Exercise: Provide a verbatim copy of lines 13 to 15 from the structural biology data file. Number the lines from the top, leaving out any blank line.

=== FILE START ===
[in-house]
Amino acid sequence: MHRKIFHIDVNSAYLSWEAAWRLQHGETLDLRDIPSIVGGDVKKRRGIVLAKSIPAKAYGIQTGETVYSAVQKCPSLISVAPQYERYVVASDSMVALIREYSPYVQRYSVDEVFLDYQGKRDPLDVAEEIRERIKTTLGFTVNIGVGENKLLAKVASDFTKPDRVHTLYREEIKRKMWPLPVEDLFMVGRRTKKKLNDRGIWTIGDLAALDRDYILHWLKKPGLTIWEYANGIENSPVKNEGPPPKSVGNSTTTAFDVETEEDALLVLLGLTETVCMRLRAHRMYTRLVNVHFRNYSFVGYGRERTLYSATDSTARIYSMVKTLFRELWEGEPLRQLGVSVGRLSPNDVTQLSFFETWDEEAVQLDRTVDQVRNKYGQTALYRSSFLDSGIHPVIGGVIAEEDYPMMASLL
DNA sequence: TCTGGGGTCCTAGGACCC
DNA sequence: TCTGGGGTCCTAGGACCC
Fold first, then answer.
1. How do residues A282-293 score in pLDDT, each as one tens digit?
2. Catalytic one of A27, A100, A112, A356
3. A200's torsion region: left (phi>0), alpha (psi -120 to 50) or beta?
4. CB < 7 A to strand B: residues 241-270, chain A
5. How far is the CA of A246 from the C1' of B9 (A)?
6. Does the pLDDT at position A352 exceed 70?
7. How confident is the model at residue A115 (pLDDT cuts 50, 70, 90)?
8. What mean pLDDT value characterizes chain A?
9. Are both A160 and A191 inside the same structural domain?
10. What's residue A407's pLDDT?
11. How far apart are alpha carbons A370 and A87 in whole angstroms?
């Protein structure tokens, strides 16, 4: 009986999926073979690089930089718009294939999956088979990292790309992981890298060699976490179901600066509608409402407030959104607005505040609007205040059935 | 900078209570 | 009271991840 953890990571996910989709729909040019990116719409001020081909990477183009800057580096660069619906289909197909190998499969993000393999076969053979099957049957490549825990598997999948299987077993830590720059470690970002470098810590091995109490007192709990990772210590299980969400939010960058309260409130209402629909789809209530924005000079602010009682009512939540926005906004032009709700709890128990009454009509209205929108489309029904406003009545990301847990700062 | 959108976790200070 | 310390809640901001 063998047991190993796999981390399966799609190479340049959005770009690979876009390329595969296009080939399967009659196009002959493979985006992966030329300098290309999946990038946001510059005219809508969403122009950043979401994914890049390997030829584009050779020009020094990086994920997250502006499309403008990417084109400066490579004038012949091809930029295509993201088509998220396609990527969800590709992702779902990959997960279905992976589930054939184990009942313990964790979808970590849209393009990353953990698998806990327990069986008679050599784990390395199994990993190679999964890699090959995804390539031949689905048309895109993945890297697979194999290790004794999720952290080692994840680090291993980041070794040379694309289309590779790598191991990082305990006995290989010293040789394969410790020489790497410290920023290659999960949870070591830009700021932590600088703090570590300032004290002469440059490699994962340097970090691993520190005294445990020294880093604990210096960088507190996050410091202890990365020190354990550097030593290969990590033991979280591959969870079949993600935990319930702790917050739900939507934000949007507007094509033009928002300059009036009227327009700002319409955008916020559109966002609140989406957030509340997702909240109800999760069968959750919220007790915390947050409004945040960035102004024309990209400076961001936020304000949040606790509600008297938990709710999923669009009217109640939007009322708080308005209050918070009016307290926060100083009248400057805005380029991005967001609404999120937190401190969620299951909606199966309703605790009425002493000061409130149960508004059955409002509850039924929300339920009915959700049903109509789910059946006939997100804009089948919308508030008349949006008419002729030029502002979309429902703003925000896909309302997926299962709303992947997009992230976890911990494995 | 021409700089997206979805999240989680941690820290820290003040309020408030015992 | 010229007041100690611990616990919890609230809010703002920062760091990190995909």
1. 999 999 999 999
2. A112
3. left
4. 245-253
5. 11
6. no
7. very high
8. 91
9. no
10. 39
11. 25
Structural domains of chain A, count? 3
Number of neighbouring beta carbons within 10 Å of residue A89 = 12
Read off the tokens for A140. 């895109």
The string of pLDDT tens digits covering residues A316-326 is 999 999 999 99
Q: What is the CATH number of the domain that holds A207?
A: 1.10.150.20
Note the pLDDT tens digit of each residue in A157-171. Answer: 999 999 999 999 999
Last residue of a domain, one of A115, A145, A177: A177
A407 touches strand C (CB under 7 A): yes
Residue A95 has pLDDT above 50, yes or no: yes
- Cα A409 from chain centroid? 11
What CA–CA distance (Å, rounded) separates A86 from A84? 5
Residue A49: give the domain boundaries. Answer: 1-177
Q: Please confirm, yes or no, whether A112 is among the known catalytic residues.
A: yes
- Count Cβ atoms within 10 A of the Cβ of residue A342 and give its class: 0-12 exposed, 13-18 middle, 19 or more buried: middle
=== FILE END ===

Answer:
8. What mean pLDDT value characterizes chain A?
9. Are both A160 and A191 inside the same structural domain?
10. What's residue A407's pLDDT?